In another exchange, Carney downplayed the significance of the Harris County district attorney’s support for reforming the way grand juries get selected. 

“I mentioned this previously,” Abbott says in a Feb. 10 email that included a link to a Houston Chronicle article focusing on the prosecutor’s support for the reforms. “This will continue to gather steam. We want to ensure it is done right.” 

Carney answered that the “current Harris County DA being for something does not mean it is gathering steam,” but agreed that the “legal shop” should work with legislative sponsors to get it right, “should it pop out” of the lawmaking process. 

Abbott quickly responded that the Harris DA's support wasn’t the only development on the issue: “I singled out one of several stories on this from the past week.” 

The emails from the governor are striking on a number of levels, the first being that they exist at all. The communications were sent from both were provided to the Tribune in response to an official request. Perry used a private email account, but records of his electronic communications have rarely surfaced publicly.

In 2008, for example, emails published in the Fort Worth Star-Telegram contained candid chat among top-level aides, but not Perry himself. 

Perry and his aides, though, were far chattier with reporters during his 14 years in office than Abbott and his team have been since he started running for governor in 2013. Since being sworn in on Jan. 20, the new governor — a lawyer known to immerse himself in the inner workings of state government and his own office — has continued to hold his cards close to his vest. It’s unusual to see his unscripted thoughts spilled out into emails.

While Abbott’s office withheld many emails and heavily redacted others under a variety of asserted exemptions, the ones he did provide give rare insight into his day-to-day style of communicating with aides — often into the wee hours of the morning. And in some cases, they reveal policy ideas and views of the Legislature that haven't previously come to light.

On the latter topic, Abbott expressed deep skepticism that state lawmakers would ever reform their own ethics rules right before he publicly urged them to “dedicate this session to ethics reform.” Specifically, on Feb. 1, Abbott presciently wrote that the Legislature would deadlock on the issue, and he told aides he would probably have to call one or more special sessions in order to focus the needed attention on ethics and get the job done.

He was right that ethics reform would ultimately collapse, but there is no indication he has the appetite for specials sessions, saying more recently that he didn’t envision calling a special session for anything.

The governor also signaled he’s not done with restraining the power of local governments to regulate affairs in their communities, an idea he began pushing in earnest in early January at a speech before the conservative Texas Public Policy Foundation.

On that same Sunday night in late January when he grew wistful about the state of foster care in Texas, Abbott cited a proposal by Republicans in Congress to pare back regulations opposed by the Obama administration — and suggested it could be a model for the Lone Star State.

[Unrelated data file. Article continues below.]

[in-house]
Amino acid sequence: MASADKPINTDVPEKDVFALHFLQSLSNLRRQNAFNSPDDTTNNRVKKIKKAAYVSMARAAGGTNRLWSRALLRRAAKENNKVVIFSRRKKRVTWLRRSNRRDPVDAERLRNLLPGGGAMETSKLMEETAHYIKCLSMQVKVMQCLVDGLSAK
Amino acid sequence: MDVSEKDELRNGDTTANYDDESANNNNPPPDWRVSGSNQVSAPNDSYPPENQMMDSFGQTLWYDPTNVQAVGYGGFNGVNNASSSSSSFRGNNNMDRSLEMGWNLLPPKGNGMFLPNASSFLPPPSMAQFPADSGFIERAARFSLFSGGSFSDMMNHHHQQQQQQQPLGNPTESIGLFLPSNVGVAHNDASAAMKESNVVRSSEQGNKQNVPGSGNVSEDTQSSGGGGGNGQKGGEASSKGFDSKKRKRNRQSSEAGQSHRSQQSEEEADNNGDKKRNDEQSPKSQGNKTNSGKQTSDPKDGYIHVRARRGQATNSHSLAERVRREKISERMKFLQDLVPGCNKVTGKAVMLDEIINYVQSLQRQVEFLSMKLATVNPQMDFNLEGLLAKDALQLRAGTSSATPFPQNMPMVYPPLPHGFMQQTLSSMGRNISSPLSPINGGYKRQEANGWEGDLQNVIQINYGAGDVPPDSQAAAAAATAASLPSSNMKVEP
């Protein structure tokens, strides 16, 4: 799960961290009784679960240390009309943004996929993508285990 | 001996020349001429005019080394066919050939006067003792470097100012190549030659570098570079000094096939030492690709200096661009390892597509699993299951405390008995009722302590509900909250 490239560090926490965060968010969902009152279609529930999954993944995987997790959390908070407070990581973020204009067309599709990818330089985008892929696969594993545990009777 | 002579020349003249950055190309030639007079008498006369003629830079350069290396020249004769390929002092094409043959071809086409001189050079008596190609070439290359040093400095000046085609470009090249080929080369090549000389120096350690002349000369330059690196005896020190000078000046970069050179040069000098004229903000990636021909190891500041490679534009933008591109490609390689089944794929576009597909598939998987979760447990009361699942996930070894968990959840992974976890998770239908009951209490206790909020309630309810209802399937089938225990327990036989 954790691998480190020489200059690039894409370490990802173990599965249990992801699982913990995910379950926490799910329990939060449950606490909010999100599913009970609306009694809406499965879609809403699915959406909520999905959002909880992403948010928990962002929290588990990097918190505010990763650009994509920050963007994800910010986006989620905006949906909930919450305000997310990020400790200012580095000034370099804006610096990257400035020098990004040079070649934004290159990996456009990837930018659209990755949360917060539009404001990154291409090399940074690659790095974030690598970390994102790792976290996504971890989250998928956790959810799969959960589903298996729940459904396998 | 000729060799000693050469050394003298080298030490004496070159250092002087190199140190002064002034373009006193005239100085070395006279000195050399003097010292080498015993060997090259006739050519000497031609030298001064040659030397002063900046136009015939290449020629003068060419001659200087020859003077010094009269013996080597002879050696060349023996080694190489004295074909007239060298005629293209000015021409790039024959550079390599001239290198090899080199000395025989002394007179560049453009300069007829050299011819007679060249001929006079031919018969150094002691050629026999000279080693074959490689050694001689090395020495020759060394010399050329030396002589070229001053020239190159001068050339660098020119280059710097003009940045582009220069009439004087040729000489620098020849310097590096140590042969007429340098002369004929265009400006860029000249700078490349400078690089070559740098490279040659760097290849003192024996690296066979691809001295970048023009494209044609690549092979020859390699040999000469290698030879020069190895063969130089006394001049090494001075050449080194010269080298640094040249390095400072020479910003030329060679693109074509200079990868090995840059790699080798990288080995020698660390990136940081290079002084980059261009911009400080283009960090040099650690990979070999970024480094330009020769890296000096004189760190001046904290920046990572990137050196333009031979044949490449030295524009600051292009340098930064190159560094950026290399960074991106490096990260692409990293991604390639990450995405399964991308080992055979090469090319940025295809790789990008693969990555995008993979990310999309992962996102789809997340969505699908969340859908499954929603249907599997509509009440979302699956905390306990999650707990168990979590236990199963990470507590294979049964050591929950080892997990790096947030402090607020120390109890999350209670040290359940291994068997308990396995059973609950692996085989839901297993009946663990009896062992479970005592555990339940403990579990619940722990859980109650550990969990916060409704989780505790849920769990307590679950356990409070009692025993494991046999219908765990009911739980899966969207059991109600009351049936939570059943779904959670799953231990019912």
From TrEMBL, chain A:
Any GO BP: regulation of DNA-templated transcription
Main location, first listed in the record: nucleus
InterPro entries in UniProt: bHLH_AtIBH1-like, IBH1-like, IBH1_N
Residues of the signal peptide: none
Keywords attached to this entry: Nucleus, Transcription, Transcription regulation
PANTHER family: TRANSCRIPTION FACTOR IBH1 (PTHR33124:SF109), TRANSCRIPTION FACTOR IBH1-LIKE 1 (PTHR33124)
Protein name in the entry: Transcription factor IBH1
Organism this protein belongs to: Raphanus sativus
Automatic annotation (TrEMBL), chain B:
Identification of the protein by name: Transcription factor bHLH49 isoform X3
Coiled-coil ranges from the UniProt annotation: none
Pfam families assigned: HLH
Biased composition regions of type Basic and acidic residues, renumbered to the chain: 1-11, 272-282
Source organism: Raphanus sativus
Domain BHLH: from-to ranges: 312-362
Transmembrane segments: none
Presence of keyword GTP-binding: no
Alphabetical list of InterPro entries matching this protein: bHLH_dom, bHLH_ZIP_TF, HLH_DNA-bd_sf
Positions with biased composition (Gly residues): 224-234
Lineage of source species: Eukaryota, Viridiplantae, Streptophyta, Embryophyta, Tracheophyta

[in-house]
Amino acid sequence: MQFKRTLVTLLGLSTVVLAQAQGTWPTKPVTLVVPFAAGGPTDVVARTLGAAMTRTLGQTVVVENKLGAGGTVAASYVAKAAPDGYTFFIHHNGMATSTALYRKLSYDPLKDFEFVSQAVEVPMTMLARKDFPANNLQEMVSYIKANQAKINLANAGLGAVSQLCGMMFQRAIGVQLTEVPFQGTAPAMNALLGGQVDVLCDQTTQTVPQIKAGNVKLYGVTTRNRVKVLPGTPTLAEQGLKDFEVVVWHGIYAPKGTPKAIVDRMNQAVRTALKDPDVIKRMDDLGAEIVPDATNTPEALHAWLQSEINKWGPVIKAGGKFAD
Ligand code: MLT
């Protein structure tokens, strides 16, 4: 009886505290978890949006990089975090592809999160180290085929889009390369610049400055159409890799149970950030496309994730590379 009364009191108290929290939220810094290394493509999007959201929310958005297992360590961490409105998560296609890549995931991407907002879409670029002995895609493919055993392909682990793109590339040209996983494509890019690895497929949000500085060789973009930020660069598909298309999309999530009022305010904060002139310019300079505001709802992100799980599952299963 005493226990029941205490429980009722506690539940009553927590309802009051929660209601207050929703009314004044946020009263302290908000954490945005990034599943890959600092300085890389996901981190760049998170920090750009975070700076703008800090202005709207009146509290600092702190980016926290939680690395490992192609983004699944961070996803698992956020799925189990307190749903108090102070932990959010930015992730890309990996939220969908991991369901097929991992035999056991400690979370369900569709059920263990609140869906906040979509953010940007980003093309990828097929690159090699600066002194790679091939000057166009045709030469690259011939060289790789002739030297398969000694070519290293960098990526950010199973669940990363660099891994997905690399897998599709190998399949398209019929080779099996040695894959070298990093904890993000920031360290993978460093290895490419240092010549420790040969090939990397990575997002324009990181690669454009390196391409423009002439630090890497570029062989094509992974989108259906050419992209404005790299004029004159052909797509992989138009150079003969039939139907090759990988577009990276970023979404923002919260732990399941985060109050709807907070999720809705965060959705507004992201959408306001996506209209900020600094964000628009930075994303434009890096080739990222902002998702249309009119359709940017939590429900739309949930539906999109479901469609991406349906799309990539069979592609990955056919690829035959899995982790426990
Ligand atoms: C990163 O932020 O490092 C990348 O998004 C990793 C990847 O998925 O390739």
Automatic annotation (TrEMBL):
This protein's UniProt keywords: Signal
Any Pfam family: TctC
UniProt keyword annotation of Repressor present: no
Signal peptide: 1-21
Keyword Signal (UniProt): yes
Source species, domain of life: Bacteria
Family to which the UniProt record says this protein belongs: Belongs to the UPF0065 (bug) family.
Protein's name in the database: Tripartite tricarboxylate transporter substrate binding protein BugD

“This provides a potential roadmap for a single shot solution to limiting regulations imposed at the local level,” Abbott wrote. The governor said “we could pass a law saying that any local regulation with an annual impact of _________ (fill in the blank for the amount) must first be approved by the Texas Legislature.”

While Abbott later signed legislation taking away the right of cities to ban oil and gas fracking within their jurisdictions, a law requiring legislative oversight of all local regulations would expand considerably the role of state government into the lives of Texans.   

It’s one of several examples in which Abbott throws out policy ideas, often in late-night email missives.

At 12 a.m. on Jan. 26, Abbott sent an email entitled “out of the box music idea.”

“We have been panned for ditching the music director,” Abbott wrote. He was referring to the firing and replacement of Texas Music Director Casey Monahan — a move that riled many in the music industry.

“We need to get the new one appointed,” Abbott wrote. “Then we need to get him on steroids and build an even better music program.” Abbott suggested creating a unique event, comparable to the New York Governors Ball, that might be limited to Texas musicians.

Apart from instigating high-level policy discussions into the wee hours, it’s clear Abbott doesn’t mind writing his own speeches, weighing in on news developments or overseeing the drafting of letters and documents — whether it’s tweaking sentences or ruminating about the timing of some news release.

When it came to the preparation for his State of the State speech to the Legislature in February, Abbott himself came up with a wordy first draft with detailed instructions to aides about where to begin trimming. He urged them to spend time helping him knock it out of the park.

“Don’t freak out,” he told top aides in an email sent at 1:54 a.m. on Feb. 15, two days before the event. “This is long. As in about 6500 words.”

Asking for input and edits, Abbott said he didn’t want to make people “fall asleep like [U.S. Supreme Court Justice] Ruth Bader Ginsberg [sic],” but also wanted to deliver an address worthy of the moment.

“The takeaway I want from the audience is that this guy has really thought about what he is doing. He’s substantive. He’s not just ripping off talking points. He’s really talking to us,” Abbott wrote. “More importantly, he is leading us, while at the same time retaining some of the cheerleading that is needed from the governor.” 

Abbott ends the email with advice that, based on the enthusiasm evident in his emails, he certainly seems to be following. 

“Have fun,” he said.

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Politics State government Greg Abbott Texas Legislature